people, the dignity of the Legislature, and thi firm ty, from the faithful jierf nnance of w hich by us
resolve of their Executive Government forbid it. they are to this day enjoying many important com-
As the answer of the Trench Minister to our inercial advantages.
Charge d'A flairs at Paris, contains an alluon to It is time that this unequal position of affairs
a letter addressed by him to the representatives of should cease, and that legislative action should be
Trance at this place, it now becomes proper to lay brought to sustain Executive exertion in such mea-
liefore you the correspondence had between that urcs as the case requires. While Trance persists
functionary and the Secretary of State, icla-jvc to iu her refusal to comply with the terms of a treaty,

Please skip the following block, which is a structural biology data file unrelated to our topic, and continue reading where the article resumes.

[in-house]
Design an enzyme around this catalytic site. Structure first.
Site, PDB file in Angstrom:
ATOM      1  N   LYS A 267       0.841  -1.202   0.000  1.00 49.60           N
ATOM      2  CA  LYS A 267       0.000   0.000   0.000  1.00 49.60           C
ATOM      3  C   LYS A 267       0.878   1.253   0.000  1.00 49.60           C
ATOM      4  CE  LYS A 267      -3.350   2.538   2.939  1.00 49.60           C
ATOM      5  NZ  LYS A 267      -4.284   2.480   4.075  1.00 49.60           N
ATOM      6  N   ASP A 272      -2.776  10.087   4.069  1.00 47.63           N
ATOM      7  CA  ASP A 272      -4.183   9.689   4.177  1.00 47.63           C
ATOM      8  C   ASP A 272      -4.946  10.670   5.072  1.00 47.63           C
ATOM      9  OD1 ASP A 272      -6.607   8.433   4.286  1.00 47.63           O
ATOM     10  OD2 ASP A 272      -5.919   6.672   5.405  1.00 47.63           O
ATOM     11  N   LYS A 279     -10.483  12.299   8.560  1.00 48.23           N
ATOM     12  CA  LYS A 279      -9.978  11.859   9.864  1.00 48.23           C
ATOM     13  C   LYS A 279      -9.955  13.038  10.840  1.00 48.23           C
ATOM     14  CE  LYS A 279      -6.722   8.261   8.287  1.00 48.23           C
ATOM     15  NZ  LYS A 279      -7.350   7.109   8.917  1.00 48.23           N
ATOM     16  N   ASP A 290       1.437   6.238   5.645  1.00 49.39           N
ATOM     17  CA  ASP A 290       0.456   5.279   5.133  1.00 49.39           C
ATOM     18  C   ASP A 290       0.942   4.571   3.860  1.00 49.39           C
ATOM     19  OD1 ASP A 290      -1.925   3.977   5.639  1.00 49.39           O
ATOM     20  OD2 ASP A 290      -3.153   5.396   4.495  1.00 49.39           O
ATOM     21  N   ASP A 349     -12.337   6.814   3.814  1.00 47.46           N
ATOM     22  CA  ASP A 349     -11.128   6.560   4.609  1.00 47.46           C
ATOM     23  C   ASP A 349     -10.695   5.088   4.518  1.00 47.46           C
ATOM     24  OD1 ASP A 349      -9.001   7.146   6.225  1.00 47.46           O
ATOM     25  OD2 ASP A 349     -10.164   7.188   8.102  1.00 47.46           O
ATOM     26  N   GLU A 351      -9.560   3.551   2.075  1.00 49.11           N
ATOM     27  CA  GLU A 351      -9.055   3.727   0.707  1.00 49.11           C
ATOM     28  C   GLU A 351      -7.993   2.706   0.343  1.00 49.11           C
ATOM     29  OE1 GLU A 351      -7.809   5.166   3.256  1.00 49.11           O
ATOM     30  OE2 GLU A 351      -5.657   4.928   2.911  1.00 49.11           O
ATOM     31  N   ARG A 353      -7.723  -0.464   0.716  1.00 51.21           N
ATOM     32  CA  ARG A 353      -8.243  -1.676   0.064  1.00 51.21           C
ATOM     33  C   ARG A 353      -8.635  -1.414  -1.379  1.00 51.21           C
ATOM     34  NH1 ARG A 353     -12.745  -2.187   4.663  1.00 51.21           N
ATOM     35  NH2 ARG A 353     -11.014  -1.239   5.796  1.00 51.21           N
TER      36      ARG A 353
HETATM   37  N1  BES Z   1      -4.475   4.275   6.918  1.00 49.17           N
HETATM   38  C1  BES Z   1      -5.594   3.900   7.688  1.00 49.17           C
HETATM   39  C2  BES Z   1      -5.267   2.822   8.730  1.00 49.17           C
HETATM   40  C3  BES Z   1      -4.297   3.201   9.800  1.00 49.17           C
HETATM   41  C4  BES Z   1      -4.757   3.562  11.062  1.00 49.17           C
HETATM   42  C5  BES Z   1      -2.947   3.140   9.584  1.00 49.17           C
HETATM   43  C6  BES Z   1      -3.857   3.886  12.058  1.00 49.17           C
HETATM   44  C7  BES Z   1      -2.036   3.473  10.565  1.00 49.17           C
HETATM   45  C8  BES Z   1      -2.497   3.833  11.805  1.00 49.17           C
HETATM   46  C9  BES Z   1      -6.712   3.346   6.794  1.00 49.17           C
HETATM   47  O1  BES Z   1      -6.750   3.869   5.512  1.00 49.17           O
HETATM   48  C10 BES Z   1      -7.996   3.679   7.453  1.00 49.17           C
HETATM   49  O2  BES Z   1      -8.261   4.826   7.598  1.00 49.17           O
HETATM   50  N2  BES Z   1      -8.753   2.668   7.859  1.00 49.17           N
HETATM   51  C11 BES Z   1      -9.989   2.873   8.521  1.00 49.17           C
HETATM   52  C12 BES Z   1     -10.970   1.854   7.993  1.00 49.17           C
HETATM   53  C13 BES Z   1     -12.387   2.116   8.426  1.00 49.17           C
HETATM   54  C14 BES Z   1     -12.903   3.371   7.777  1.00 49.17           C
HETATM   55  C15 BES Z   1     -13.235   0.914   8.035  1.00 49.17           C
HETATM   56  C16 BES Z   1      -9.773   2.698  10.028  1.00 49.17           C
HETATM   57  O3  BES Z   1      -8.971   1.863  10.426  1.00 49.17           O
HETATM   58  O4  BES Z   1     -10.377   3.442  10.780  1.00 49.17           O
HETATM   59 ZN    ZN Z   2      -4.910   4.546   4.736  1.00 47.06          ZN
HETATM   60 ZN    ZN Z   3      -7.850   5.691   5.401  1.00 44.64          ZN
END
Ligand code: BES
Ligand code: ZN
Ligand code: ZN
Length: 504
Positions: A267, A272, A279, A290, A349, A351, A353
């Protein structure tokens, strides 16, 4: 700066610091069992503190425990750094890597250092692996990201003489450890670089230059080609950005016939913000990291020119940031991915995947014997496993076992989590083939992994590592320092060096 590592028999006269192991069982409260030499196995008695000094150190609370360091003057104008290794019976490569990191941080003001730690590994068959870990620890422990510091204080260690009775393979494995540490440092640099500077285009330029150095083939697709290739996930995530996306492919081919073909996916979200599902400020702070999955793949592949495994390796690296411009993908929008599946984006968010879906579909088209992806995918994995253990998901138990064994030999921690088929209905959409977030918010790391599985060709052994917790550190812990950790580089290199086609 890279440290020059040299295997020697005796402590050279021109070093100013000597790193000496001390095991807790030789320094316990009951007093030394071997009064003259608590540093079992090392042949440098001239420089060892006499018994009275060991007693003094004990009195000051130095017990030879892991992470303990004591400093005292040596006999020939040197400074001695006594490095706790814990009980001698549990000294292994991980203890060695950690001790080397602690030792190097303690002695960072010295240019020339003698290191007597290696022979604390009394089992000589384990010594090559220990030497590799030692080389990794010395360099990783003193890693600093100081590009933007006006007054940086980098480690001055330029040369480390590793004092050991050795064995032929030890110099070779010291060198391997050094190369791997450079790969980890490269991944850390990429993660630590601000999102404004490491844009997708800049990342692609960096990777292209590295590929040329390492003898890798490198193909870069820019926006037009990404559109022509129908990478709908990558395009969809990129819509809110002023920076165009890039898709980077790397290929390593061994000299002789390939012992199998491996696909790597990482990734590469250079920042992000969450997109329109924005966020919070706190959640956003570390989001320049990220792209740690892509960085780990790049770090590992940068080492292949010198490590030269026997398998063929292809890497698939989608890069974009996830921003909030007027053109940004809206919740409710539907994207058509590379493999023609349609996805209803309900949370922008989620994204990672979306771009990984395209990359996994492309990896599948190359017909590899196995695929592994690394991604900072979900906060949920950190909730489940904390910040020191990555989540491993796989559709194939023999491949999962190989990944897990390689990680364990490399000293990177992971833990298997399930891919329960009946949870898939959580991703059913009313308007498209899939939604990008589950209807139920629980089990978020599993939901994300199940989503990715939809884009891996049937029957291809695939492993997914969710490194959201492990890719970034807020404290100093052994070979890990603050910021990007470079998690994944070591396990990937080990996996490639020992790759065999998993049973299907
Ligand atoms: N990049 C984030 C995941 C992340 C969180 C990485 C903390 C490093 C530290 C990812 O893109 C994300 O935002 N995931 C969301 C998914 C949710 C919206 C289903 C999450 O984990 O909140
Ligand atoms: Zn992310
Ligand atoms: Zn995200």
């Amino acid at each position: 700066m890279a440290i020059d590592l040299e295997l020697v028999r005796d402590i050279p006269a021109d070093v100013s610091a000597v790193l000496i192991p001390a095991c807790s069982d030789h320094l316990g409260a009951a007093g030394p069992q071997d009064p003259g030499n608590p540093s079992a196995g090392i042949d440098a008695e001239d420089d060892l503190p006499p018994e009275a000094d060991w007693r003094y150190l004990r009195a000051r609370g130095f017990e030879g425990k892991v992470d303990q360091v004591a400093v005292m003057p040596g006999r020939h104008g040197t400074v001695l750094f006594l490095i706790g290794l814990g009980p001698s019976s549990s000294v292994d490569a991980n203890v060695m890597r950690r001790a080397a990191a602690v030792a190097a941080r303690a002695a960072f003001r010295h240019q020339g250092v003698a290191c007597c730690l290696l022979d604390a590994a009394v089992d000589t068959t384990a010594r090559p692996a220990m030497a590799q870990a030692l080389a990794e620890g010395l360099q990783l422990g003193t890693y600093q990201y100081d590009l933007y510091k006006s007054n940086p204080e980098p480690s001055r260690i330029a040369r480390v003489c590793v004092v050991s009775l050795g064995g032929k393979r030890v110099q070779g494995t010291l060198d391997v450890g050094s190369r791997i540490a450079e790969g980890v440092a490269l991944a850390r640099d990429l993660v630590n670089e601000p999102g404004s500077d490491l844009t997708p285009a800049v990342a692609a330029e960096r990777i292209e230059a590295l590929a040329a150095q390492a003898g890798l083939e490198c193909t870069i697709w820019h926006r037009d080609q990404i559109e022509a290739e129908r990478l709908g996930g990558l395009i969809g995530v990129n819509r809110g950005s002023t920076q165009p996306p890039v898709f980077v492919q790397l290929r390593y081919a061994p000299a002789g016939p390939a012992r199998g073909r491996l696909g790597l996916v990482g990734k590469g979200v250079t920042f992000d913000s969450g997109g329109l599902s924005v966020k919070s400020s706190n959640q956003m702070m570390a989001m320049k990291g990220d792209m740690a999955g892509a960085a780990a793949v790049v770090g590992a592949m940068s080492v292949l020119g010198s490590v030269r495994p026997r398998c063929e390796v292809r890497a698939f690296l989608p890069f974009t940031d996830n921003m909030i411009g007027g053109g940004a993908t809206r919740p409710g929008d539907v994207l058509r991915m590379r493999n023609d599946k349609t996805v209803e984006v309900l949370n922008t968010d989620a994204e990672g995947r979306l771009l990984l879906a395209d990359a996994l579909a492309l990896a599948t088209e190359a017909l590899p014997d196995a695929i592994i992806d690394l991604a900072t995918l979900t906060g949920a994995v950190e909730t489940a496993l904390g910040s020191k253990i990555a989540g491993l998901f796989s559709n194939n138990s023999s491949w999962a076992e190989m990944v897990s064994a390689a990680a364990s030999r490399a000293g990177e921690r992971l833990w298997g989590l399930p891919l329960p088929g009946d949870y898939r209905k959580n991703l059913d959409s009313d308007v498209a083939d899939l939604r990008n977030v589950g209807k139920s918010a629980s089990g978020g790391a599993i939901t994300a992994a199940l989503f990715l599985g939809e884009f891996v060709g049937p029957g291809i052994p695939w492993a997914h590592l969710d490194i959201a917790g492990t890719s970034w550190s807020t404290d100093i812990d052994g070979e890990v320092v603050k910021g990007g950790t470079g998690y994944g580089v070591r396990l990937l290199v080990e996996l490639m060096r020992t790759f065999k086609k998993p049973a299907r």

that letter, and to accompany the same with such
explanations as will enable you to understand the
course of the Executive in regard to it. Recurring
to the historical statement made at the commence
ment of your sci.-ion, of the origin and progress of
our difficulties with i ranee, it will be recollected
that, on the return of our .Minister to the United
Slates, I caused mv official approval of the expla
nations he had given to the Trench Minister of
Foreign Affairs, to be made public. As the Trench
Government had noticed the Message without its
being officially communicated, it was not doubted
that, if they were disjMised to pay the money due
to us, they would notice any public explanation of
the Government of the United States in the same
way. But, contrary to these well founded expec
tations, the Trench Ministry did not take this fair
opportunity to relieve themselves from their unfor
tunate osition, and to do justice to the United
Whilst, however, the Government of the United
States was awaiting the movements of the Trench
Government, in perfect confidence that the difficul